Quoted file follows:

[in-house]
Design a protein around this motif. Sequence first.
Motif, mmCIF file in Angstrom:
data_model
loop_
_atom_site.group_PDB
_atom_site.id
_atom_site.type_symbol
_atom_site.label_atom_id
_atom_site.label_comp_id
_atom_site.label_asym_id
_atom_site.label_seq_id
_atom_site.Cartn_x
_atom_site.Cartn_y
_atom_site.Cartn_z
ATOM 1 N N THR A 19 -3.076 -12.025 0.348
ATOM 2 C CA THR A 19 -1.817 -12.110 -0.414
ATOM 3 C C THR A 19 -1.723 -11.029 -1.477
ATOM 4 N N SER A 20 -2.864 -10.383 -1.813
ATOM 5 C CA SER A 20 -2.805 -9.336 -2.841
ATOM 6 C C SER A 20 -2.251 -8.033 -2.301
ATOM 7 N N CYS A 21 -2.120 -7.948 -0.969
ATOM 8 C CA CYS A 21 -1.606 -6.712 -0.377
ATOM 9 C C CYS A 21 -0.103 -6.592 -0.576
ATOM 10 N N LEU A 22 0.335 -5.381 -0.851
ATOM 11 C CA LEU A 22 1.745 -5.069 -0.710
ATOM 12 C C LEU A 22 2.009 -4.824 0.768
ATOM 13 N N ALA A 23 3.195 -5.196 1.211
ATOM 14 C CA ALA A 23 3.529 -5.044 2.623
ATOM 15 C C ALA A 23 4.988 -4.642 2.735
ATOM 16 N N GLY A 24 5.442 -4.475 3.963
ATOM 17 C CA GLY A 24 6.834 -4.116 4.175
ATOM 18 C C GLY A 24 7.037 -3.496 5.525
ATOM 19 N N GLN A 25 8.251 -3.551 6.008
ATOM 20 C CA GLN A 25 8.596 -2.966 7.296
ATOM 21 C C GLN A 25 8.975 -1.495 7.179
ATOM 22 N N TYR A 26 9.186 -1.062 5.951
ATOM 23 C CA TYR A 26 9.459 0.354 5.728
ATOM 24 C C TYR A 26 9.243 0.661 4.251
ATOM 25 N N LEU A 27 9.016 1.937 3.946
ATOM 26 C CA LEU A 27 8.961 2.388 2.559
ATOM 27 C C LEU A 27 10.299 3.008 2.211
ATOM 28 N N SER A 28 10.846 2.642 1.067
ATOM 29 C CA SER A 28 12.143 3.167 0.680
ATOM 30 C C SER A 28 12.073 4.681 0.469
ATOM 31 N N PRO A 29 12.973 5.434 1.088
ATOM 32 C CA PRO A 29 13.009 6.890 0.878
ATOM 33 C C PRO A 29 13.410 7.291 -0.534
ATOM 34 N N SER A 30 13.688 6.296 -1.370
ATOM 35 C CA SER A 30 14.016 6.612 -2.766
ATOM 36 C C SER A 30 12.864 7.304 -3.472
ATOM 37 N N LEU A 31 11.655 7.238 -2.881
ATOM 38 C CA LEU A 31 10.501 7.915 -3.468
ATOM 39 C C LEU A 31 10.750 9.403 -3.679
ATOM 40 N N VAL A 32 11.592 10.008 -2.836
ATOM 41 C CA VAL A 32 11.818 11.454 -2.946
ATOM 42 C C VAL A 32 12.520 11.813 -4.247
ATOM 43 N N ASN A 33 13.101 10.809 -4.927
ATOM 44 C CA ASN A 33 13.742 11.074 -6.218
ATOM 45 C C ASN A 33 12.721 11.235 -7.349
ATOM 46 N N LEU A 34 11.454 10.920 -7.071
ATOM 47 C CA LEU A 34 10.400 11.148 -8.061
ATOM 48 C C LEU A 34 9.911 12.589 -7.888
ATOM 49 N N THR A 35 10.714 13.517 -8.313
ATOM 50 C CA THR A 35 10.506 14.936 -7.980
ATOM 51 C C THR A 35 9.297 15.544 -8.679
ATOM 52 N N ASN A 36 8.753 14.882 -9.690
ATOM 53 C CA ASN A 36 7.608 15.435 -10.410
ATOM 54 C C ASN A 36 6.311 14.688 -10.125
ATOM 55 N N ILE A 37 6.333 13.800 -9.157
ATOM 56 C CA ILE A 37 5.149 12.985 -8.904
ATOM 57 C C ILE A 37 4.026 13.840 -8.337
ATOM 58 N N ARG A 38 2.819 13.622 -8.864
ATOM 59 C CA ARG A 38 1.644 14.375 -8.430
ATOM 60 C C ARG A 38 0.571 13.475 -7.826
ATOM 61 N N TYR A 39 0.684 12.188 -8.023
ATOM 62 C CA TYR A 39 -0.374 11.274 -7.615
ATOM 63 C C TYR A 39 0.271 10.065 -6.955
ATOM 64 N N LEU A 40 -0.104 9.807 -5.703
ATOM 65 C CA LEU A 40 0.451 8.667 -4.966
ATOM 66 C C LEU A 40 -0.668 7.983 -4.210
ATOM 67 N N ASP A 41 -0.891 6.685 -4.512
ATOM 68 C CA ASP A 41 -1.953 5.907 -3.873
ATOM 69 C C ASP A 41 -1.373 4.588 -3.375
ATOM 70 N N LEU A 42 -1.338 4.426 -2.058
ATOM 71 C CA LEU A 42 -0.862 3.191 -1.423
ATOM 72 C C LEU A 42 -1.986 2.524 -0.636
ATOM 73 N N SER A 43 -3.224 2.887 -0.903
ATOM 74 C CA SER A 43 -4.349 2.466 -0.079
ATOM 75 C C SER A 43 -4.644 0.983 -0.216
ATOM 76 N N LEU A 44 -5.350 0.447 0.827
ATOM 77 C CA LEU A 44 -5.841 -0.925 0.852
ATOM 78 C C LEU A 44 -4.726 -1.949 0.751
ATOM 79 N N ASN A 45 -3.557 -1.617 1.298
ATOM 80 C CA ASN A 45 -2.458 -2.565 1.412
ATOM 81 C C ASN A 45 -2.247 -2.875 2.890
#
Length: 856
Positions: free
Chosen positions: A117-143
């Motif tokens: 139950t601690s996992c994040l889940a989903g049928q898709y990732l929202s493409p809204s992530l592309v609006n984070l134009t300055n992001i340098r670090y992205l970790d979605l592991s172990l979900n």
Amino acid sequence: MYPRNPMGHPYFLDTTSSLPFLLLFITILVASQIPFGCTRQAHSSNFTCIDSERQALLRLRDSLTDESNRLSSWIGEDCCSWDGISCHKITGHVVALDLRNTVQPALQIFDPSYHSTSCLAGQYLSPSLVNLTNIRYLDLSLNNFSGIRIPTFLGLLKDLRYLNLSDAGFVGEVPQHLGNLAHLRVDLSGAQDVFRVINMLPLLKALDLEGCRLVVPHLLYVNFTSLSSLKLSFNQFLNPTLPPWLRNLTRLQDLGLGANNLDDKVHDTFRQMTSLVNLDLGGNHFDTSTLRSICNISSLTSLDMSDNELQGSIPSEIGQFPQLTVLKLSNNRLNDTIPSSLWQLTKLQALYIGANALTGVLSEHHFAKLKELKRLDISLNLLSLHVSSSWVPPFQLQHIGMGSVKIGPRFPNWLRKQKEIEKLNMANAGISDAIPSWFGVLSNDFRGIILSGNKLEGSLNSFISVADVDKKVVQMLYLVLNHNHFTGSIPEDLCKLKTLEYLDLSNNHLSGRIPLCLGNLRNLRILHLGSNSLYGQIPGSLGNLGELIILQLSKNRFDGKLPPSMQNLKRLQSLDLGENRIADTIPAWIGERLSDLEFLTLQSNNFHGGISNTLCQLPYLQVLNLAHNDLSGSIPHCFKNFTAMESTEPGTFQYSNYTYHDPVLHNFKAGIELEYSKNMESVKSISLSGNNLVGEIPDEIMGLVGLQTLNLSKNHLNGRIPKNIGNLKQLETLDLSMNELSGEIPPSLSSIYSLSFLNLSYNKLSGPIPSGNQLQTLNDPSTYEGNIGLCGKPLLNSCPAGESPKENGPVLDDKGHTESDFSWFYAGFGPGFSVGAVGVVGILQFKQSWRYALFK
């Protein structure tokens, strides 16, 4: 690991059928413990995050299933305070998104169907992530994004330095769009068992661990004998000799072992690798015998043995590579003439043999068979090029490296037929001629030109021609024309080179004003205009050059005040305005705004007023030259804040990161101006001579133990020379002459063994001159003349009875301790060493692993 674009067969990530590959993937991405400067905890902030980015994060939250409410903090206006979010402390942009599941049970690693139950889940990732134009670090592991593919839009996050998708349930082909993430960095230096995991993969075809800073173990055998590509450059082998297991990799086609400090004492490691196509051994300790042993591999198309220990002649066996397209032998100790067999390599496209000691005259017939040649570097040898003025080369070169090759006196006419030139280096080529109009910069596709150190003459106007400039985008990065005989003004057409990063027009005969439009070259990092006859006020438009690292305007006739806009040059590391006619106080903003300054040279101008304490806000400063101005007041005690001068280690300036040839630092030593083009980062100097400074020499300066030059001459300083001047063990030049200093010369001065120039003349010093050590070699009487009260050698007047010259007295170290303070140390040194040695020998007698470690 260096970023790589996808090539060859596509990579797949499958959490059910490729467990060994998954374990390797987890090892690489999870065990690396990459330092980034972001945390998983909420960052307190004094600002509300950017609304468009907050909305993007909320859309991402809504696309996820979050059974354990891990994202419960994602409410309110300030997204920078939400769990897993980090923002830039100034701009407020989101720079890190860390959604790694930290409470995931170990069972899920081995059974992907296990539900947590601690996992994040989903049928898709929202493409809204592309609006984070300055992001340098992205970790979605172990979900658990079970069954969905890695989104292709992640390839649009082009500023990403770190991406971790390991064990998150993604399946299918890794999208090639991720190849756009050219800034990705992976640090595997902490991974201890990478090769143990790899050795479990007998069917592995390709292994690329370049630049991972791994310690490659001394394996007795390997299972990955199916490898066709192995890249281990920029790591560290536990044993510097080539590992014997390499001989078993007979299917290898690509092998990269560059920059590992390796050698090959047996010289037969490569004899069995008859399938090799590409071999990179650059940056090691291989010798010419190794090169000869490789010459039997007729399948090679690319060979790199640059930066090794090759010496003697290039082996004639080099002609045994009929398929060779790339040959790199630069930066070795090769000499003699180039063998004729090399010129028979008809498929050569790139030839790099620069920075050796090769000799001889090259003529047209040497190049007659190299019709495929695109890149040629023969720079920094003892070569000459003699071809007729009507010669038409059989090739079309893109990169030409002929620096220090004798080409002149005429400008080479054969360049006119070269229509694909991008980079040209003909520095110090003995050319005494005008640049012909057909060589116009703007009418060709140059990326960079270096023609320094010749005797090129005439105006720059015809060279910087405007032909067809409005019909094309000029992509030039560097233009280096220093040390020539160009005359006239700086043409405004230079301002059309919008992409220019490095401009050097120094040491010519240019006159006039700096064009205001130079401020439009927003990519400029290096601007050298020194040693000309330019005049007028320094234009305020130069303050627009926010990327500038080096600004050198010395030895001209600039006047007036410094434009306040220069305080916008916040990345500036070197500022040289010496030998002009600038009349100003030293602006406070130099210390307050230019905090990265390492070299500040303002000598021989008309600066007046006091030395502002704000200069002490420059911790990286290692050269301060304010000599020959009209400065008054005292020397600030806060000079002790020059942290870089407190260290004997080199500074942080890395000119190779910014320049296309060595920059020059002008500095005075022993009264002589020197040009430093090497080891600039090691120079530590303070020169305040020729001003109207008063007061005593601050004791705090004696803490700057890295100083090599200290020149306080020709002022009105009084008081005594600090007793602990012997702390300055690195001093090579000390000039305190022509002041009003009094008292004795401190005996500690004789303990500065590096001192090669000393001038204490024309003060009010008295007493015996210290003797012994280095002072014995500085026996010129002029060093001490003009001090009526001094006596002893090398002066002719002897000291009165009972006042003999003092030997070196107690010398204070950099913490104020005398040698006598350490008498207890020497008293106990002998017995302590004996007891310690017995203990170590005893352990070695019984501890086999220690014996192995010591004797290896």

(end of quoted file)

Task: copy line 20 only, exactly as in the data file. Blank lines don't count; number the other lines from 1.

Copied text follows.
ATOM 5 C CA SER A 20 -2.805 -9.336 -2.841